Whilst ethical codes, value statements, risk management programmes and reputation indexes have become more prevalent, the ethical performance of the finance industry is hard to measure and therefore is likely to continue to trouble and struggle to gain traction in an industry that is accustomed to definite and quantitative rather than qualitative outcomes. There are however structural improvements and educational initiatives that the industry can implement in order to bring about real change to the ethical performance and culture of the finance industry.
Finance industry: Beyond compliance and good marketing
For ethics to catalyse and enliven the finance industry – essentially, for ethics to become a living concept – the industry must move beyond viewing ethics as a matter for compliance and good marketing. Ethical thinking and an ethical way of life need to be woven into corporate culture and thus the day-to-day business of the finance industry.
All initiatives must be endorsed by senior management, including the Board and the CEO, and attendance ought to be compulsory. Responsibility, ownership and communication of any initiatives should reside with Senior Management rather than Human Resources or Compliance.
The finance industry should further consider funding the establishment of an independent Ethics Body to initially have the following responsibilities:
• provide ethics specialists to sit on and advise Boards;
• conduct situational and annual reviews of organisations ethical conduct and make recommendations;
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• work with regulators to keep up with developments in the industry;
• facilitate focus groups and evaluation of the way financial institutions do business in new and developing markets; and
• facilitate the sharing of information and experiences between organisations so that organisations can learn from each other rather than managing issues away through clever public relations and payouts.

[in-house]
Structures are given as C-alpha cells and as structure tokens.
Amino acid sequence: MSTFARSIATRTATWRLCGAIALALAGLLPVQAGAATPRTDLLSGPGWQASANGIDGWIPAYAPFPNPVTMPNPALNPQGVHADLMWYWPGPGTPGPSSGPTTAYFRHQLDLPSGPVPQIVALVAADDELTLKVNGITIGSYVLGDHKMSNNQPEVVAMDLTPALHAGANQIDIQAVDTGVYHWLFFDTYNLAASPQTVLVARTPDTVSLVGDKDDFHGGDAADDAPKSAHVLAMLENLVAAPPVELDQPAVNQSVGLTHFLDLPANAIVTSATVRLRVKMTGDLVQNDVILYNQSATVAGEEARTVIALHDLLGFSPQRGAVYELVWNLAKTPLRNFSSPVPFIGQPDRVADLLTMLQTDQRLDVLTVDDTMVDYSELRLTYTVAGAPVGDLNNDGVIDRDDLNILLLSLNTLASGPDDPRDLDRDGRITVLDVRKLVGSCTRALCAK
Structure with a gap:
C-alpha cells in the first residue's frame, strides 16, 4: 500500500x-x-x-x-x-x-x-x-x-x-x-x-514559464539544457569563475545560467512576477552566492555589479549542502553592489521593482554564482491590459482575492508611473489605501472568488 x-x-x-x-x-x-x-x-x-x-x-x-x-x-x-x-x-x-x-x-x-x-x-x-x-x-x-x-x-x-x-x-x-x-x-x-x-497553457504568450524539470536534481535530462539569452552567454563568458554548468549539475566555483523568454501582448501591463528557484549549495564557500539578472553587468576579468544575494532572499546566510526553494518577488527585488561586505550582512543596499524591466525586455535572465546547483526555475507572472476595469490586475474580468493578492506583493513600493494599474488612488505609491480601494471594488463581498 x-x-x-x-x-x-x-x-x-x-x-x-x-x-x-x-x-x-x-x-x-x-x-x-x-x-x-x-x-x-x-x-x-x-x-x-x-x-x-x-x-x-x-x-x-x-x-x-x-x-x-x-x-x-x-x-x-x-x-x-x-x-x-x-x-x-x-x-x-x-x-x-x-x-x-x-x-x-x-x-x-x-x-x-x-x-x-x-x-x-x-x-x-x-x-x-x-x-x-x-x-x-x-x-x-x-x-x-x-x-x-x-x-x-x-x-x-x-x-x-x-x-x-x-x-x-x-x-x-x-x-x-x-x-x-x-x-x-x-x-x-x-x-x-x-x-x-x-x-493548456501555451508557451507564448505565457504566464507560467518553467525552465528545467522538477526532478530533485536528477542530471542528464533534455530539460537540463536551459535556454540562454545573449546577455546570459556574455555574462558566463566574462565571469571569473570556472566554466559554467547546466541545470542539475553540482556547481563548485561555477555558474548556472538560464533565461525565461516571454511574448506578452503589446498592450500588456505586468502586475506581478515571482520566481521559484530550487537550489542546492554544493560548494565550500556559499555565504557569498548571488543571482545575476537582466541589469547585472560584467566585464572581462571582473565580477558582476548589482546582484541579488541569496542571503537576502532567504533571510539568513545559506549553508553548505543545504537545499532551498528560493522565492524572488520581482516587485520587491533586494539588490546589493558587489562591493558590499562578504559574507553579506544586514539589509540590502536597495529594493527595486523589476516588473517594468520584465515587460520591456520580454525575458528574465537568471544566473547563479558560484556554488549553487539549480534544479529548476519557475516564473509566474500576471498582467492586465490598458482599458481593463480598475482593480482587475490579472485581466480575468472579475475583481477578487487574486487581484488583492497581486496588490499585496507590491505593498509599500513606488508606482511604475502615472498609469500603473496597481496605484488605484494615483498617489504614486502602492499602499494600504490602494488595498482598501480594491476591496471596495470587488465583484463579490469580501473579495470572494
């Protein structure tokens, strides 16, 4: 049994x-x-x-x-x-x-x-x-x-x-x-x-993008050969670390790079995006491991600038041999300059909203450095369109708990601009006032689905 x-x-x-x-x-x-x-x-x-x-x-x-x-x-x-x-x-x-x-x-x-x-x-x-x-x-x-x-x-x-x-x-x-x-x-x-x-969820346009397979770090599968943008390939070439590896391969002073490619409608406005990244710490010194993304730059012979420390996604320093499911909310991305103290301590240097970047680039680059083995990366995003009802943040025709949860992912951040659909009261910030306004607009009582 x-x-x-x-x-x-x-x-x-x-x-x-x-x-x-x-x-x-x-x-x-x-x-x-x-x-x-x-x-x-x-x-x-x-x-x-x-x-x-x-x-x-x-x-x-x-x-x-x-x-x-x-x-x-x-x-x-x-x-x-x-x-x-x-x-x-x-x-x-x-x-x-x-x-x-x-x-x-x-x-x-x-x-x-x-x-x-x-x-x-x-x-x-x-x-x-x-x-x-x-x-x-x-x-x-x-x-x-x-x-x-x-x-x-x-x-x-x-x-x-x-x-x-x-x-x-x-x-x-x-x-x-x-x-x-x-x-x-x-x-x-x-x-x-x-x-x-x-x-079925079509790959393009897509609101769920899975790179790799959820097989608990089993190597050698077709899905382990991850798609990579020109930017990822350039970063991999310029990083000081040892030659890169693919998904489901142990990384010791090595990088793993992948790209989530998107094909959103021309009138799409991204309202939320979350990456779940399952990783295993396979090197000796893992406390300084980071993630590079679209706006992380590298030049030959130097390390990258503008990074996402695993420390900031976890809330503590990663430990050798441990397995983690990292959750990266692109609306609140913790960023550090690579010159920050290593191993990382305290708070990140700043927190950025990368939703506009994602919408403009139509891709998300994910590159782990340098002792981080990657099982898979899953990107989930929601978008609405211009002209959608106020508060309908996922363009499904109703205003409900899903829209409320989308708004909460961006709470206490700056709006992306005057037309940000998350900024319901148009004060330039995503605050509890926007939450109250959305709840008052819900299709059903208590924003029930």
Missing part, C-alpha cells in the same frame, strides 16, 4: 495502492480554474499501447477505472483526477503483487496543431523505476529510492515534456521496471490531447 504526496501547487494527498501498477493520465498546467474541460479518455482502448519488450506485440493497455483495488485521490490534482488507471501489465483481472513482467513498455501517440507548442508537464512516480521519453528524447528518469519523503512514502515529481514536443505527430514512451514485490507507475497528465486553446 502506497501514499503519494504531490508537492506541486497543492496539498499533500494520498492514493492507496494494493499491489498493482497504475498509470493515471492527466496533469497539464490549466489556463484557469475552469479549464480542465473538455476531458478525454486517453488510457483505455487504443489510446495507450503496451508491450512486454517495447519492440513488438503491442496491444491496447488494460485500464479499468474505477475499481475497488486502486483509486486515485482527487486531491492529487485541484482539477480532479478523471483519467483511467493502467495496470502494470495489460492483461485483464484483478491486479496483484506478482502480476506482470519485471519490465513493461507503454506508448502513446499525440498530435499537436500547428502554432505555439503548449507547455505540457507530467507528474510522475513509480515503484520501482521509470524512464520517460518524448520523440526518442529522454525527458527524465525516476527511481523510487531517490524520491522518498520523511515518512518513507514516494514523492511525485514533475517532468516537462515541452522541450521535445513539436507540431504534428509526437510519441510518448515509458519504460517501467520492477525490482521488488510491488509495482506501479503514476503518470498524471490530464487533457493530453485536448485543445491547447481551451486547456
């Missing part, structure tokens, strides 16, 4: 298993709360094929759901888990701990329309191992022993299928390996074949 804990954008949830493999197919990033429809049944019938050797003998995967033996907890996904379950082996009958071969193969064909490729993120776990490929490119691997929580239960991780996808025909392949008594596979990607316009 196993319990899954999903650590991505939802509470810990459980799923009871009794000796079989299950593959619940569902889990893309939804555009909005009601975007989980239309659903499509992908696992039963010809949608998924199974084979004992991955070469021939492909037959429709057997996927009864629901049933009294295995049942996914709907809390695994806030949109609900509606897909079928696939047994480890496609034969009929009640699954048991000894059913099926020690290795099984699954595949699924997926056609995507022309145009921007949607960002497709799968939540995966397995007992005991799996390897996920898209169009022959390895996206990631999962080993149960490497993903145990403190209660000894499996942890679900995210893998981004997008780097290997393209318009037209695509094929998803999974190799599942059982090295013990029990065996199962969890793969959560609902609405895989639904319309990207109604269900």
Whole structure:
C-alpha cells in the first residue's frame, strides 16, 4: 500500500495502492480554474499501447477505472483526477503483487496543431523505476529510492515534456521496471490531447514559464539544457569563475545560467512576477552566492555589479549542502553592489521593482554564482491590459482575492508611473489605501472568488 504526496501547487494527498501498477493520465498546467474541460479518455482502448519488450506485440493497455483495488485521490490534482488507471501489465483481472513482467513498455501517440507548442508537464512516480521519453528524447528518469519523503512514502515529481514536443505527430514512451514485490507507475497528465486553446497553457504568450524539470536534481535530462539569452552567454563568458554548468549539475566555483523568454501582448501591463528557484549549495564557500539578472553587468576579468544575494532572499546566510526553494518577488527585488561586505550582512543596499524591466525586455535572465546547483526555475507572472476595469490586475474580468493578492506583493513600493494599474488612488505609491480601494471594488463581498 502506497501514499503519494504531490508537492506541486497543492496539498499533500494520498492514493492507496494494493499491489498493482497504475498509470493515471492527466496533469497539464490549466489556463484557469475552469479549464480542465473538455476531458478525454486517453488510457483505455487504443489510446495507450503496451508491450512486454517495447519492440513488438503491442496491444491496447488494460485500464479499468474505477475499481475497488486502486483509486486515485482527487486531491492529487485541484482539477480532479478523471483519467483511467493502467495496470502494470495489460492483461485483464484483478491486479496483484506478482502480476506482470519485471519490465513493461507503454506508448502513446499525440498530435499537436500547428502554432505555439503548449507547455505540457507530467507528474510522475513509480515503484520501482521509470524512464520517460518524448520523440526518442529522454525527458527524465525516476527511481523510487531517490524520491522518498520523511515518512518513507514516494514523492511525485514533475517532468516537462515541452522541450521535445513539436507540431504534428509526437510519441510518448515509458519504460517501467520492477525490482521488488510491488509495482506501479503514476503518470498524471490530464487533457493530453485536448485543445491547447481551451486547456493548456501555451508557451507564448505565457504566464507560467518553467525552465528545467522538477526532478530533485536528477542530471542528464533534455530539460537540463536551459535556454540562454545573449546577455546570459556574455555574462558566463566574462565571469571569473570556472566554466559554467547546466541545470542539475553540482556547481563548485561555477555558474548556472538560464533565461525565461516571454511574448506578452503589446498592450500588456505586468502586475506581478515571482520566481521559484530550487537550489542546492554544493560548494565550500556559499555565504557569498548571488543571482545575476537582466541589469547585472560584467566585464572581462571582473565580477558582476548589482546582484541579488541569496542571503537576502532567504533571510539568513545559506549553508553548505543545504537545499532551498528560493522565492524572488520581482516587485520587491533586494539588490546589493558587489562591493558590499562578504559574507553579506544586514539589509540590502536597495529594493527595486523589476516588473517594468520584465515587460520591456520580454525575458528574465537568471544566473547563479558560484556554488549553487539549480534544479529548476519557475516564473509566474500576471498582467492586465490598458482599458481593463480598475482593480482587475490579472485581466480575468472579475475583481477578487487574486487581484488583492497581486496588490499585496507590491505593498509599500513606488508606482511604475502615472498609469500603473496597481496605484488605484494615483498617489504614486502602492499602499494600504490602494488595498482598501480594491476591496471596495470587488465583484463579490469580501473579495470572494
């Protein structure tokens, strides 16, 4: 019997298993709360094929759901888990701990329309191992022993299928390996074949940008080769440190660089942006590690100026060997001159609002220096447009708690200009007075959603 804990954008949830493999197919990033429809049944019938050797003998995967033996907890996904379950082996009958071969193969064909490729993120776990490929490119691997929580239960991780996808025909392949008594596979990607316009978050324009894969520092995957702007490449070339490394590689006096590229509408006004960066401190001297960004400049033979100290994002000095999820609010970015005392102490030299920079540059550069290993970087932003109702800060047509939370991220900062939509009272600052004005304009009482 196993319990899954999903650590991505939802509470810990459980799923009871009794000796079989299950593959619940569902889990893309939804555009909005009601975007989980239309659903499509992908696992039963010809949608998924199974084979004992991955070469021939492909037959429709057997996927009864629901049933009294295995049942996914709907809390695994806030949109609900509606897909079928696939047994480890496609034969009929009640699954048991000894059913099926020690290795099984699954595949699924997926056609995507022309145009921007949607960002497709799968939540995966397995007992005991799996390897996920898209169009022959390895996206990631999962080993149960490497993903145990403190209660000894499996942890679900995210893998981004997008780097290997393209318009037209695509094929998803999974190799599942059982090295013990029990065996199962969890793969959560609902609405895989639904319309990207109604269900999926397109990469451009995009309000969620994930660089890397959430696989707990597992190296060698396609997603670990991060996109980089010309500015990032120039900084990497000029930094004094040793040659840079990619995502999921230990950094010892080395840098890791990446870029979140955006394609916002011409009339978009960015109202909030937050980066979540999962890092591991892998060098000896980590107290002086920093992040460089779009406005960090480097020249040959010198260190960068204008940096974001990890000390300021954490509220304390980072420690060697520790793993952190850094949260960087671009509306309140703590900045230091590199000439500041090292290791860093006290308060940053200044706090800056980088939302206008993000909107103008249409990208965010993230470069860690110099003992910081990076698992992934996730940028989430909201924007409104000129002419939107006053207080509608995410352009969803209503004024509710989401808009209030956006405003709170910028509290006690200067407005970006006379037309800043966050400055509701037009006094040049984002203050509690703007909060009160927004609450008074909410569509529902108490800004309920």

Ethical conduct should be a key performance indicator along with other standard indicators such as profit generation and business development. It must apply to Board members, CEOs, Senior Management and all staff. Ethical performance should then be linked to salary determination, bonus allocations and other performance incentives that are common to the finance industry.
This proposal will require a complete reorganisation of current incentive structures such as deferred compensation. If unethical behaviour is detected after an individual has left an organisation or division, future payments due to them should not be made without consideration of the individual’s role in any unethical or fraudulent business that has been uncovered. Additionally, money already paid to an individual should be retractable following the discovery of unethical or fraudulent business practices.
Extending the accountability of executives beyond their narrowly defined term of employment would serve to curb the practice in the finance industry whereby individuals make vast amounts of money, without regard for the way in which such profits are achieved, and then leave an organisation before unethical or fraudulent practices are discovered or regulatory action is taken.
Rewarding good ethical behaviour Whilst this proposal will require much legal re-drafting, possible legislative changes to employment laws and financial analysis, it would unTrust and Ethics in Finance doubtedly serve to increase executive’s ethical accountability and thus the ethical conduct of the finance industry.
Society is comfortable with imposing financial sanctions, such as fines and operating restrictions upon organisations and individuals for unethical and fraudulent behaviour. Whilst financial punishments for unethical behaviour should be maintained, this system needs to be complimented by a system of rewards. As well as punishing people for poor ethical performance by withholding bonuses or performance pay, organisations should move to a system of financially rewarding good ethical behaviour.
Of course, some will debate the ethics of providing financial incentives for people to behave ethically. Others will consider the difficulty in actually determining and quantifying ethical behaviour as insurmountable.
Ideally, acceptable ethical behaviour would be a natural part of business life and society would not require either a punishment or a reward system. However, the reality is that unethical behaviour has plagued and continues to plague the finance industry, thus proving that relying on the goodwill of individuals alone to recognise and promote right conduct or a system of punishment is not enough. What should drive development in this area is the likely eventuality of increased ethical consideration in business as the finance industry and its participants are unarguably motivated by financial incentives.
Appointment of ethics role models
Organisations should identify and appoint staff to hold the position of Ethics Role Model in addition to their existing business function. Ethics role models should come from all areas of an organisation, particularly profit centres, as well as support areas.
Criteria for selecting ethics role models should be based on their reputation for sound ethical judgement, integrity and trust. These indiEthics or Bust 105 viduals should be encouraged and rewarded by senior management and empowered to play a more active role in the development of an ethical work culture within the organisation.